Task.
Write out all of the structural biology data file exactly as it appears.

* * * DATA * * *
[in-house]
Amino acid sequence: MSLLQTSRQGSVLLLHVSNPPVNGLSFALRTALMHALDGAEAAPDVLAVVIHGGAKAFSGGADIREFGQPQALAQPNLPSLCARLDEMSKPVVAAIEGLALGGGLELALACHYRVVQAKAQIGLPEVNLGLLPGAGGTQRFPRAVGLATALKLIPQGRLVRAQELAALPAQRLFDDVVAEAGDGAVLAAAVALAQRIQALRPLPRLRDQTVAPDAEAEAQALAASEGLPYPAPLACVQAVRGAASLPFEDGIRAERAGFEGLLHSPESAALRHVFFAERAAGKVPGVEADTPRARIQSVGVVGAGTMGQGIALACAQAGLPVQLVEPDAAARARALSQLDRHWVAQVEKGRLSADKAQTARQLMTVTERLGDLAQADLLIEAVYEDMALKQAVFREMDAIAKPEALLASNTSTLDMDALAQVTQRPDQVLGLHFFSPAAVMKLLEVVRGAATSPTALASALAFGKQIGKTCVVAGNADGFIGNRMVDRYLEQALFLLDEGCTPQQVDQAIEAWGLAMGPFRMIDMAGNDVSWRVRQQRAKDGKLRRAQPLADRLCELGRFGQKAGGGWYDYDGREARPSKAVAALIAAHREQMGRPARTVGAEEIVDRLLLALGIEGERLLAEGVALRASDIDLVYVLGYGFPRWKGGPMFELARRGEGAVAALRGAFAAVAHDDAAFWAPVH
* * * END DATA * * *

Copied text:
[in-house]
Amino acid sequence: MSLLQTSRQGSVLLLHVSNPPVNGLSFALRTALMHALDGAEAAPDVLAVVIHGGAKAFSGGADIREFGQPQALAQPNLPSLCARLDEMSKPVVAAIEGLALGGGLELALACHYRVVQAKAQIGLPEVNLGLLPGAGGTQRFPRAVGLATALKLIPQGRLVRAQELAALPAQRLFDDVVAEAGDGAVLAAAVALAQRIQALRPLPRLRDQTVAPDAEAEAQALAASEGLPYPAPLACVQAVRGAASLPFEDGIRAERAGFEGLLHSPESAALRHVFFAERAAGKVPGVEADTPRARIQSVGVVGAGTMGQGIALACAQAGLPVQLVEPDAAARARALSQLDRHWVAQVEKGRLSADKAQTARQLMTVTERLGDLAQADLLIEAVYEDMALKQAVFREMDAIAKPEALLASNTSTLDMDALAQVTQRPDQVLGLHFFSPAAVMKLLEVVRGAATSPTALASALAFGKQIGKTCVVAGNADGFIGNRMVDRYLEQALFLLDEGCTPQQVDQAIEAWGLAMGPFRMIDMAGNDVSWRVRQQRAKDGKLRRAQPLADRLCELGRFGQKAGGGWYDYDGREARPSKAVAALIAAHREQMGRPARTVGAEEIVDRLLLALGIEGERLLAEGVALRASDIDLVYVLGYGFPRWKGGPMFELARRGEGAVAALRGAFAAVAHDDAAFWAPVH